Tim Tebow did it. Maybe we should too. Pray when you feel the need for strength and when the situation requires more than you can do on your own. …
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Tim Tebow did it. Maybe we should too.
Pray when you feel the need for strength and when the situation
requires more than you can do on your own. Reach out to the source
that is greater than you are. Call on the divine to help with your
problems, give wisdom in your decisions, fill you with courage when
resistance challenges and heal the injuries and infirmities in body
Being a Broncos fan and a man of faith this football season was
a fascinating combination. Most people did not believe God was a
football fan or that he cared about the outcome of the game, but it
was hard to argue that Tim Tebow was strengthened and focused by
his prayer in a way that helped him exceed expectations and
transcend the value of the game.
I do not know what Tim prayed during the game, and to me that is
not the point. For many years I have read books on how to pray and
heard sermons and lessons that taught patterns revealed in the
Lord’s Prayer and prayers the Apostle Paul prayed for the
Christians of the New Testament. Maybe everybody has not made the
same mistake I have, but I would often get focused on the technique
and forget about the privilege of prayer and the power that comes
from just reaching out to God.
An experience in one of the nicest retirement/assisted
living/nursing homes in the area gave me a picture of prayer. I was
making a hospice call in the early morning hours to a patient who
had just died. Their family had said their final good-byes and
left. As is the practice with my hospice, I stayed with the patient
until the mortuary arrived to take him into their care. Waiting for
an hour in the lobby of a floor for Alzheimer and dementia patients
at 3 am is usually a sad and uncomfortable experience, but this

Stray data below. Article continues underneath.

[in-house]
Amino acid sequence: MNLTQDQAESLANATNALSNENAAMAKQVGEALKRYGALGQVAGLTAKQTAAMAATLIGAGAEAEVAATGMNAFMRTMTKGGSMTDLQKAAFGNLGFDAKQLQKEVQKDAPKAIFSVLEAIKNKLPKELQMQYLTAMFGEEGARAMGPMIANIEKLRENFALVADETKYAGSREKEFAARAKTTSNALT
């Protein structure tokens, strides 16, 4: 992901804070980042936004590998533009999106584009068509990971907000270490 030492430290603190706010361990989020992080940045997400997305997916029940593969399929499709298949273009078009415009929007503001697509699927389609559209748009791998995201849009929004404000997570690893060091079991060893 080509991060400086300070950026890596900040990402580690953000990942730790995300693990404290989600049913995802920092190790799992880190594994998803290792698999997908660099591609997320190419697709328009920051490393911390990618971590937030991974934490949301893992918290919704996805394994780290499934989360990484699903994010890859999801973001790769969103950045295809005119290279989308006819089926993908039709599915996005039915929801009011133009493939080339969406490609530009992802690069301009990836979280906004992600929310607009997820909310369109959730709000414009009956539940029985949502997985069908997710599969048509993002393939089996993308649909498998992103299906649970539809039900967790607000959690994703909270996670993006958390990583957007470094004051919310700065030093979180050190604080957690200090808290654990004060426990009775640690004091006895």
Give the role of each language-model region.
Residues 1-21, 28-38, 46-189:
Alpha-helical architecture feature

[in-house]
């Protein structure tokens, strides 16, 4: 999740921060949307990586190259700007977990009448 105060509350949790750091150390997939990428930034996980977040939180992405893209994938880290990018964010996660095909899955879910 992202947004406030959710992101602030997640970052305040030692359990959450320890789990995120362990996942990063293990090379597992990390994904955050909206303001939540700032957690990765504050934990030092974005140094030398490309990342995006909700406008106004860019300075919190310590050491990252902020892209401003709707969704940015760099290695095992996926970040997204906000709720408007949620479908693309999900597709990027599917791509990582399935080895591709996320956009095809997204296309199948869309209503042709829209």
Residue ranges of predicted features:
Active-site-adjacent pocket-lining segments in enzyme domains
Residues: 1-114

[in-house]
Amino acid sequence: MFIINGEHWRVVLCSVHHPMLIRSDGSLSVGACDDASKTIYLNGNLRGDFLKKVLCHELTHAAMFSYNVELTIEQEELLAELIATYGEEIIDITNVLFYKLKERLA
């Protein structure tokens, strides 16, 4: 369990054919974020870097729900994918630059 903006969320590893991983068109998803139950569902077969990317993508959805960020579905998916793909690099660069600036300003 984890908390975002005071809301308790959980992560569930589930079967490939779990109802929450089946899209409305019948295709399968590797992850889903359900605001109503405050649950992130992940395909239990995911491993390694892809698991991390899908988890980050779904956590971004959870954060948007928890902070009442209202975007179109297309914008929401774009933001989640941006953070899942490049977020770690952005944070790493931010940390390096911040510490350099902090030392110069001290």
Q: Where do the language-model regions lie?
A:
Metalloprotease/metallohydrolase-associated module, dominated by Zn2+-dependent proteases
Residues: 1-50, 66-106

time was unusual.
Half a country away, my mother was in a nursing home. The week
before my father, died she began experiencing dementia for the
first time. Dad’s declining condition from acute leukemia meant
mom’s needs exceeded dad’s abilities to care for her. It was a
painful time filled with decisions that were necessary but painful.
My mother was a wonderful person who served her family with
tireless enthusiasm, which gave us so much love and pleasure. Her
separation from dad and in a demented state for two months before
her passing, brought a grief worse than death.
In an awkward moment, an elderly women was bent over slightly so
she could stare straight into my eyes from just a few inches away.
“Can I help you?” I asked. Her eyes were bright but she could not
get the words out. Because of HIPPA confidentiality issues, I did
not know her condition, but it was apparent that she was demented.
All sense of time is lost with the breakdown of mental function and
it is not unusual for these patients to wander the halls at all
hours. My mother rarely slept at night and would tootle around in
her wheel chair trying to make sense of a world that was radically
different and confused to her.
I decided to treat this woman the way I would want someone to
treat my mother so I offered her a seat and gave her my undivided
attention. We looked each other in the eye, smiled a lot and tried
to talk. She would speak a garbled mess of words and I would try to
figure out what she was trying to say. It turned out that it did
not matter that we did not connect on content. After about fifteen
minutes something happened. Her face brightened and she smiled
broadly and I felt a warm contentment in my chest. Without words
there was a breakthrough of love and caring.
Prayer is a lot like that except the chairs are switched. I am
the one who is demented in my efforts to communicate to the deity.
Rarely do I know exactly the words to say. But the other side of
prayer is that God listens with attentiveness that defies
explanation and when I know he is listening I experience a powerful
connection that helps me. Sometimes my problem goes away, other
times I experience strength to fight but often the blessing of
prayer is enough. It worked for Tim and it does for me. So I’m
going to keep doing it.
Dan Hettinger is founder of the Jakin Group, a ministry of
encouragement and chaplain with Hospice of Saint John. Contact him
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